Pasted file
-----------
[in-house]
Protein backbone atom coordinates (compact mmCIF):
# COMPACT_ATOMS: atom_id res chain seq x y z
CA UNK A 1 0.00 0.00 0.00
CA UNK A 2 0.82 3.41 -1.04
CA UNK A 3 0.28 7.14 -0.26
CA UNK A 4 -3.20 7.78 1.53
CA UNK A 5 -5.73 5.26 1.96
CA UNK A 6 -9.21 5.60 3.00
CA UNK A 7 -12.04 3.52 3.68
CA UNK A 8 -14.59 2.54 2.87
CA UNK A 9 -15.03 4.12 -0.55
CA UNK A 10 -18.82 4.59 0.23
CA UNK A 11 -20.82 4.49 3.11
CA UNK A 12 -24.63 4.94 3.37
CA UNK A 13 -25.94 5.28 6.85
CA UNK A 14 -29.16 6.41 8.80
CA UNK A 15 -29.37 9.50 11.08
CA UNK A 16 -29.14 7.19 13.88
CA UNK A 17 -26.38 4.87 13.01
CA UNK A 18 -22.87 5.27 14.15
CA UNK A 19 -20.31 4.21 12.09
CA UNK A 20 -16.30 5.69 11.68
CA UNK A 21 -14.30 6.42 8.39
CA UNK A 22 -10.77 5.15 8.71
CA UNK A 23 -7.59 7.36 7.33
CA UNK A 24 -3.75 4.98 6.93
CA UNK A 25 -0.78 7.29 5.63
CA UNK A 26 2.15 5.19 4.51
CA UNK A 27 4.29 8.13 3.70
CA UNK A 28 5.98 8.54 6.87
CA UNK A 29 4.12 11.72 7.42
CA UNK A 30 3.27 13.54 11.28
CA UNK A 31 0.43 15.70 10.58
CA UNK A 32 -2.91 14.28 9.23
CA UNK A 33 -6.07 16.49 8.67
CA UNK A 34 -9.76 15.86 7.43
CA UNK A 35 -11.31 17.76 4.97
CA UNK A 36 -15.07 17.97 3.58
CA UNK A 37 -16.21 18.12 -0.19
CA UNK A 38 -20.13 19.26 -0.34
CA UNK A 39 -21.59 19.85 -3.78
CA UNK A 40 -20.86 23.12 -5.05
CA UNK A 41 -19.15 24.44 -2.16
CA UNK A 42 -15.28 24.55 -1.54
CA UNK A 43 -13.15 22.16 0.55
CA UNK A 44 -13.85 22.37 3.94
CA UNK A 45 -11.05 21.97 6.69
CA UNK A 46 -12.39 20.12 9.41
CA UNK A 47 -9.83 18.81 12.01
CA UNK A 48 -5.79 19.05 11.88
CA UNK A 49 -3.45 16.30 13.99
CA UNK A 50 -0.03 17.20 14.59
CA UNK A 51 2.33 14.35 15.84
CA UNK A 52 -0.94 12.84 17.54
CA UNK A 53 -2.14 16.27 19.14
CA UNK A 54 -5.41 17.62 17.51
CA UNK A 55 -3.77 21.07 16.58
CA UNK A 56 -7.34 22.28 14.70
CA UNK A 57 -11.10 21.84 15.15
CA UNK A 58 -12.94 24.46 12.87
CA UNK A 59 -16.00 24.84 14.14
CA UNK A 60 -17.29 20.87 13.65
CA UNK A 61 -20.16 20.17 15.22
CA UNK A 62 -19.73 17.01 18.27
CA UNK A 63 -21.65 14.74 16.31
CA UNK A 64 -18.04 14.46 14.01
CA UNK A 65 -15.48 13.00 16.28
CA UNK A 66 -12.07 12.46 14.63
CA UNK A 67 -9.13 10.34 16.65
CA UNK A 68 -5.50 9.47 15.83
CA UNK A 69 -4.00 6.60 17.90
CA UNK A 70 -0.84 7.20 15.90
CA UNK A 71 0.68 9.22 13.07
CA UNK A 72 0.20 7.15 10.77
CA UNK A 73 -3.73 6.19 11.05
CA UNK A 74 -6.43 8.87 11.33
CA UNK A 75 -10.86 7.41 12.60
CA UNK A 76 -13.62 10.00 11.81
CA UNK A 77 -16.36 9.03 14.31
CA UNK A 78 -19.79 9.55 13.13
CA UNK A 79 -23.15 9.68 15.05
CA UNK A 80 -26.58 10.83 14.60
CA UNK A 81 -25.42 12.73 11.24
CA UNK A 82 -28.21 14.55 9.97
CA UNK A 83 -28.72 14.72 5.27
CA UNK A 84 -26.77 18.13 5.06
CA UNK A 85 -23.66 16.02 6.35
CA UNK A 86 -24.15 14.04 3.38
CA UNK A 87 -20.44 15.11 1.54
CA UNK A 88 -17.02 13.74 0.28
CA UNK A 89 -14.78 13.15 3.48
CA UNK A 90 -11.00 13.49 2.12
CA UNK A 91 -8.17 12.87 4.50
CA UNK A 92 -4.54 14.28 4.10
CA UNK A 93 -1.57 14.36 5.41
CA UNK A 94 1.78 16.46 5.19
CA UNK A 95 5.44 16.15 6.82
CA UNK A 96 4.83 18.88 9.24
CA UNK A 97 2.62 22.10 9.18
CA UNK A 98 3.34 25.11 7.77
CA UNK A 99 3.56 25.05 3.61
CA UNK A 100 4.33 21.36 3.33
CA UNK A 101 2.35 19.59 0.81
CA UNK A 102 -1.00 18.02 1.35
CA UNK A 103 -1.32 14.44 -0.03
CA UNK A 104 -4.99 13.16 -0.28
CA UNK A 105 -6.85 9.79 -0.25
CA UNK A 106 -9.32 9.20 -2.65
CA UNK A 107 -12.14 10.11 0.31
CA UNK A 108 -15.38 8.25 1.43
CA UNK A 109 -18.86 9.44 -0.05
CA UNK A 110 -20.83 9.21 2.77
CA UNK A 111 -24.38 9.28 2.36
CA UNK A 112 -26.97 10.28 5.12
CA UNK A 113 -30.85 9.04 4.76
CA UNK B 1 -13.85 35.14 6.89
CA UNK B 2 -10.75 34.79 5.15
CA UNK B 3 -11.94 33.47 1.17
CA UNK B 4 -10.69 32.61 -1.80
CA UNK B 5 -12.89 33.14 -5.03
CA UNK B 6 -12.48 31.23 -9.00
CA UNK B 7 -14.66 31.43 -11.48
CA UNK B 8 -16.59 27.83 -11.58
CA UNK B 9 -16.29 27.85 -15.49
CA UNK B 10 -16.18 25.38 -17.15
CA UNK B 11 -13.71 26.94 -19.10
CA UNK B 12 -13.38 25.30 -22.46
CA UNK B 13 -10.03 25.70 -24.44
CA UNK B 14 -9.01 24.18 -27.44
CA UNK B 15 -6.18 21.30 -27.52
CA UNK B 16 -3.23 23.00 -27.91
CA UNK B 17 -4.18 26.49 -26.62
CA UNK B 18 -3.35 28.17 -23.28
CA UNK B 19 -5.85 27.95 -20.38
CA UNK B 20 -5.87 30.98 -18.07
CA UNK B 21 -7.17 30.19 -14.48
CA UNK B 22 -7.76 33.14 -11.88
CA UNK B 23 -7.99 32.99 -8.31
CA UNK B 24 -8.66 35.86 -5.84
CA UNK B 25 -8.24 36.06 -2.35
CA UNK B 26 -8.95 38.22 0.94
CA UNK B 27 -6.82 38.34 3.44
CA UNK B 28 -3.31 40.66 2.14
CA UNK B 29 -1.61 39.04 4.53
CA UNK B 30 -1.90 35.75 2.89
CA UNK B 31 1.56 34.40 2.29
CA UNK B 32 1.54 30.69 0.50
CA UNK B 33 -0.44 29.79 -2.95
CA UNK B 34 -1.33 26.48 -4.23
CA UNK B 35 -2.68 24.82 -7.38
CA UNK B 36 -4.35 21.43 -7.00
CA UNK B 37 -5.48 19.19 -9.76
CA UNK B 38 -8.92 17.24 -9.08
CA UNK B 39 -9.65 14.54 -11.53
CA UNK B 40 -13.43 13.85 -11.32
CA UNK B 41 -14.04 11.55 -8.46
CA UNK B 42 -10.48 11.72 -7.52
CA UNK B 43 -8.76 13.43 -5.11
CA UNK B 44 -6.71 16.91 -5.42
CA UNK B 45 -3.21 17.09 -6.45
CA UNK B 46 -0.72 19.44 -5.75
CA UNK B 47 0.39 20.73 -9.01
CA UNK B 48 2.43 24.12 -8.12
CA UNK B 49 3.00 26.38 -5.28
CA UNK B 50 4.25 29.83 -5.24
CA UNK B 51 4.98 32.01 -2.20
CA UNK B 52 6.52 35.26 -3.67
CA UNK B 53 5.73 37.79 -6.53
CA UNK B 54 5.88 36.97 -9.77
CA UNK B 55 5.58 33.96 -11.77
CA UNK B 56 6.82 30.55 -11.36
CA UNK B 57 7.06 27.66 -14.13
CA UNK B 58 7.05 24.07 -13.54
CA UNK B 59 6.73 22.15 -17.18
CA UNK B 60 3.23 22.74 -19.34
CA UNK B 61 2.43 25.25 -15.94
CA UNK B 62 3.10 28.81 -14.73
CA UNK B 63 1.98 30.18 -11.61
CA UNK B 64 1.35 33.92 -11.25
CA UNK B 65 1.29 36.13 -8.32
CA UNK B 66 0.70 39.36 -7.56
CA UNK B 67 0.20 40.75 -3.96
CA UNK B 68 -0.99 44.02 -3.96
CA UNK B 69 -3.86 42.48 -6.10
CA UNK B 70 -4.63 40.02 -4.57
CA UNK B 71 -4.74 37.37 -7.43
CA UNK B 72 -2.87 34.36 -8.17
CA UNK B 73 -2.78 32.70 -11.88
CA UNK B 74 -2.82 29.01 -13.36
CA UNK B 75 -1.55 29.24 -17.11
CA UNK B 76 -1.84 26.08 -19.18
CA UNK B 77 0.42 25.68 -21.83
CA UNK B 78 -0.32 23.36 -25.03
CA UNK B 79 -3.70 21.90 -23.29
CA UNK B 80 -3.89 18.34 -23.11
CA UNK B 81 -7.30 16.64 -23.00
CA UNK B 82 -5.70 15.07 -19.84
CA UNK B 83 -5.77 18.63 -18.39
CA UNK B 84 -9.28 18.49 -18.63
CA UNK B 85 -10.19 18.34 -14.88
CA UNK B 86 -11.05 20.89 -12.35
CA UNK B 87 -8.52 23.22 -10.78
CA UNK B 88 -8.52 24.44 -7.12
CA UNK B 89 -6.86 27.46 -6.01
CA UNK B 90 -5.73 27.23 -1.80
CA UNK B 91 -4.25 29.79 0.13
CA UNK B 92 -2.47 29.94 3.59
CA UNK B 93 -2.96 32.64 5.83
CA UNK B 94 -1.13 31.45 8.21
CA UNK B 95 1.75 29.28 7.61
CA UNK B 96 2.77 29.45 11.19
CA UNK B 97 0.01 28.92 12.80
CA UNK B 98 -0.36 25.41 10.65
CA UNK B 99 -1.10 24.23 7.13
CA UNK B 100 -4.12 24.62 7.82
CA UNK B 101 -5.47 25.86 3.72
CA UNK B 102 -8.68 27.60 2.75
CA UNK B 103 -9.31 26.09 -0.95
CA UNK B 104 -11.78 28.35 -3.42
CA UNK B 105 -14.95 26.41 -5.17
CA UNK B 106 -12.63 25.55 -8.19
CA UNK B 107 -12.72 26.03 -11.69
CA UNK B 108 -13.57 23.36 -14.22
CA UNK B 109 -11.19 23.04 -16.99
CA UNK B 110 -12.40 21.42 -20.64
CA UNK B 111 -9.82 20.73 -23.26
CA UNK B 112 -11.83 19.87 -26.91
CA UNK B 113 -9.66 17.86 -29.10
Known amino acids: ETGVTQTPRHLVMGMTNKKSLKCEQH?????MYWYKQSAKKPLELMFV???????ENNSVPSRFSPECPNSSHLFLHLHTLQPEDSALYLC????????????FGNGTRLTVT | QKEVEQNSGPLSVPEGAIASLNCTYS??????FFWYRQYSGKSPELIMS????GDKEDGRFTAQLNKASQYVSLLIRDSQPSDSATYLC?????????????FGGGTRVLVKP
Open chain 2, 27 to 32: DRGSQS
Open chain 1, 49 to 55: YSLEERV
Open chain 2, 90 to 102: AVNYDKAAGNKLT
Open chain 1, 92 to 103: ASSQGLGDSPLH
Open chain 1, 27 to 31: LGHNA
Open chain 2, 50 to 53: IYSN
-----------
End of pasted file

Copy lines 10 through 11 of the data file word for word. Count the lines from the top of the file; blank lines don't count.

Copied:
CA UNK A 7 -12.04 3.52 3.68
CA UNK A 8 -14.59 2.54 2.87